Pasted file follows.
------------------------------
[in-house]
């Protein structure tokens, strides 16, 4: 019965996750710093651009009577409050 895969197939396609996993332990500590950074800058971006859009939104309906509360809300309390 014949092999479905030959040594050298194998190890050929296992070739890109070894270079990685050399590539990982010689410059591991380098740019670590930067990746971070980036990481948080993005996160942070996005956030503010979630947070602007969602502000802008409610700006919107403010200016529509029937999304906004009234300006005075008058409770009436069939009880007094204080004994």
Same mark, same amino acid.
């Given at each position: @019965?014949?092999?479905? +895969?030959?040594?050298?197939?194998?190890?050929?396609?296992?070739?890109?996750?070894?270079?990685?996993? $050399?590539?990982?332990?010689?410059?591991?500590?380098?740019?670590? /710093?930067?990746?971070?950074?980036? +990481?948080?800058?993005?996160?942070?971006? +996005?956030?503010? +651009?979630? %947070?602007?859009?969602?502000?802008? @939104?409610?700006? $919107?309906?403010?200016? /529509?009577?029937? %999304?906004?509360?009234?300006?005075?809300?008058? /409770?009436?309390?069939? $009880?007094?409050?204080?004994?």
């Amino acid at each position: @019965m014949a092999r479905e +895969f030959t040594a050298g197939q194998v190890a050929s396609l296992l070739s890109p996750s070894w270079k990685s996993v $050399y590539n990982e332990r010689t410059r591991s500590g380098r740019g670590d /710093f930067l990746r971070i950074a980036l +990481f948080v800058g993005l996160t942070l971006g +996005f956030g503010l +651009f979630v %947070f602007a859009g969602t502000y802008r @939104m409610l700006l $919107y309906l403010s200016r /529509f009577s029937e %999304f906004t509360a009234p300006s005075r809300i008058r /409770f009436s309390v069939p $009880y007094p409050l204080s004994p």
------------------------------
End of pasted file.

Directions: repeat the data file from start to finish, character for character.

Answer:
[in-house]
């Protein structure tokens, strides 16, 4: 019965996750710093651009009577409050 895969197939396609996993332990500590950074800058971006859009939104309906509360809300309390 014949092999479905030959040594050298194998190890050929296992070739890109070894270079990685050399590539990982010689410059591991380098740019670590930067990746971070980036990481948080993005996160942070996005956030503010979630947070602007969602502000802008409610700006919107403010200016529509029937999304906004009234300006005075008058409770009436069939009880007094204080004994």
Same mark, same amino acid.
């Given at each position: @019965?014949?092999?479905? +895969?030959?040594?050298?197939?194998?190890?050929?396609?296992?070739?890109?996750?070894?270079?990685?996993? $050399?590539?990982?332990?010689?410059?591991?500590?380098?740019?670590? /710093?930067?990746?971070?950074?980036? +990481?948080?800058?993005?996160?942070?971006? +996005?956030?503010? +651009?979630? %947070?602007?859009?969602?502000?802008? @939104?409610?700006? $919107?309906?403010?200016? /529509?009577?029937? %999304?906004?509360?009234?300006?005075?809300?008058? /409770?009436?309390?069939? $009880?007094?409050?204080?004994?």
């Amino acid at each position: @019965m014949a092999r479905e +895969f030959t040594a050298g197939q194998v190890a050929s396609l296992l070739s890109p996750s070894w270079k990685s996993v $050399y590539n990982e332990r010689t410059r591991s500590g380098r740019g670590d /710093f930067l990746r971070i950074a980036l +990481f948080v800058g993005l996160t942070l971006g +996005f956030g503010l +651009f979630v %947070f602007a859009g969602t502000y802008r @939104m409610l700006l $919107y309906l403010s200016r /529509f009577s029937e %999304f906004t509360a009234p300006s005075r809300i008058r /409770f009436s309390v069939p $009880y007094p409050l204080s004994p």